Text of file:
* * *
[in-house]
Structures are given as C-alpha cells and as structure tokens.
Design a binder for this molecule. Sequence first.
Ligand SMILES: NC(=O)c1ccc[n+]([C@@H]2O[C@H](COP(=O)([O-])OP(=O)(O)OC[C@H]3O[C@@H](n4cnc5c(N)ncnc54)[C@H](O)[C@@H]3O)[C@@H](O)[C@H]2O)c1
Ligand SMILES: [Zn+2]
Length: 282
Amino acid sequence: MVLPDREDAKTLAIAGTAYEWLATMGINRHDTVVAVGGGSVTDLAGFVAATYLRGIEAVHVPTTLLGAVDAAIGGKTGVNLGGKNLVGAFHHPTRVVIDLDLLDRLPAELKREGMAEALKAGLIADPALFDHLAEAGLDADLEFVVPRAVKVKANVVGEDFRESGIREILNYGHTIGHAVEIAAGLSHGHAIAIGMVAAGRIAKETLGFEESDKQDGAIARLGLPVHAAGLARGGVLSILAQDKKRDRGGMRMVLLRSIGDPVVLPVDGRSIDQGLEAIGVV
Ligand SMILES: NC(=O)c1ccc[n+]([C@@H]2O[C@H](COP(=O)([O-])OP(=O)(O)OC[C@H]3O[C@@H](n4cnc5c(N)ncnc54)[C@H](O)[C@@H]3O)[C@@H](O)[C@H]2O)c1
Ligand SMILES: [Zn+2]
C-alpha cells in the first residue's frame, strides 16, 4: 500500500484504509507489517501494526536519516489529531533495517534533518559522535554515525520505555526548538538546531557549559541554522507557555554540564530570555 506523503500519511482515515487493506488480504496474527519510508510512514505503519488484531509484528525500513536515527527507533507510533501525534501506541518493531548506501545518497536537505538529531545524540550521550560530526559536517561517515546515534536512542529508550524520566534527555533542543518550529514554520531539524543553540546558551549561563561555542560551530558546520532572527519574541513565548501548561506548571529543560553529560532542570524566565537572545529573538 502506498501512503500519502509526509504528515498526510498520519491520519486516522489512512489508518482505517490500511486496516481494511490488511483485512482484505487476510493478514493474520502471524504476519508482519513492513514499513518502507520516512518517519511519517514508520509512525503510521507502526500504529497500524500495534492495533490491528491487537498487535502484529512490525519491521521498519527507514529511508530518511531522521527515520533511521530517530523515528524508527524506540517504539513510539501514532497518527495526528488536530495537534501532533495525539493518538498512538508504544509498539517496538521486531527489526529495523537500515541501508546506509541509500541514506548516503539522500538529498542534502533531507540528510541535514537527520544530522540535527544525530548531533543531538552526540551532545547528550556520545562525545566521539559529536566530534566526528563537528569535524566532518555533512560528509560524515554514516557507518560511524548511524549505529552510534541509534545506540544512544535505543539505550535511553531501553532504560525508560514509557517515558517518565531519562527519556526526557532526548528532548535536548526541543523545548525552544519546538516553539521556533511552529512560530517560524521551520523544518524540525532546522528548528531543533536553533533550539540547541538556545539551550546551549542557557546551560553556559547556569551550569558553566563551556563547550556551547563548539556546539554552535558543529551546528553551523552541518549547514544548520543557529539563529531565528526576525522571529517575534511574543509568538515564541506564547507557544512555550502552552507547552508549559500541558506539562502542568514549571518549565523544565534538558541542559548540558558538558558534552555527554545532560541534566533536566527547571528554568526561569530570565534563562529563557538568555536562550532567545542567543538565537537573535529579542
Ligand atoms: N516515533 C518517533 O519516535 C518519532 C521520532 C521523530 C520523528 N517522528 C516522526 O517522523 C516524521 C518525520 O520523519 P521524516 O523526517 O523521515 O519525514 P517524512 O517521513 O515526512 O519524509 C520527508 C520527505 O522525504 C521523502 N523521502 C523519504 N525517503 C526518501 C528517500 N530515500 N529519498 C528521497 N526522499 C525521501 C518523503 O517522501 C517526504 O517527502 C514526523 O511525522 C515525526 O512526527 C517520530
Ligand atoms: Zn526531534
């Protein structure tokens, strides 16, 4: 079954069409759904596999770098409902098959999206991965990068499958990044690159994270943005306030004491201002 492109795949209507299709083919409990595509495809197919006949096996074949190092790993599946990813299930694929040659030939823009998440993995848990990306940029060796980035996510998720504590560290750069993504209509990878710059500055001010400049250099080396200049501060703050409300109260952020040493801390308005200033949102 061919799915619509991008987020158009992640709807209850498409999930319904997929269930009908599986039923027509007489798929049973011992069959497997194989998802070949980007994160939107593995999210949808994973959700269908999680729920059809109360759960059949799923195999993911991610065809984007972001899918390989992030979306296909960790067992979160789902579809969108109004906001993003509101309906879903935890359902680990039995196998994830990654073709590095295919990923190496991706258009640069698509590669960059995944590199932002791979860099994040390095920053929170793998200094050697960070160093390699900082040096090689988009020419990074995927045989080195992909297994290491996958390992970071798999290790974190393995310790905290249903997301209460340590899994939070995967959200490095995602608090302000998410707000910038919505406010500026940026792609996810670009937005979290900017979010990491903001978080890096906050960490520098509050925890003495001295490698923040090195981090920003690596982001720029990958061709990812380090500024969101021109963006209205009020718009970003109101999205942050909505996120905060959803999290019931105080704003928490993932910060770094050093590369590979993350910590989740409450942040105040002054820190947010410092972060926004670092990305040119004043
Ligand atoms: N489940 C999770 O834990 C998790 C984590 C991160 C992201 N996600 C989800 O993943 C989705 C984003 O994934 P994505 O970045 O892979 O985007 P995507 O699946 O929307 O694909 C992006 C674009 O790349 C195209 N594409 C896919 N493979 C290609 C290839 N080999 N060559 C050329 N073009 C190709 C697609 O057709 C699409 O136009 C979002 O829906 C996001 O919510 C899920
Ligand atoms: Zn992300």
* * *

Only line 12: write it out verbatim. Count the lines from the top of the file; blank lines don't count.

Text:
Ligand atoms: Zn526531534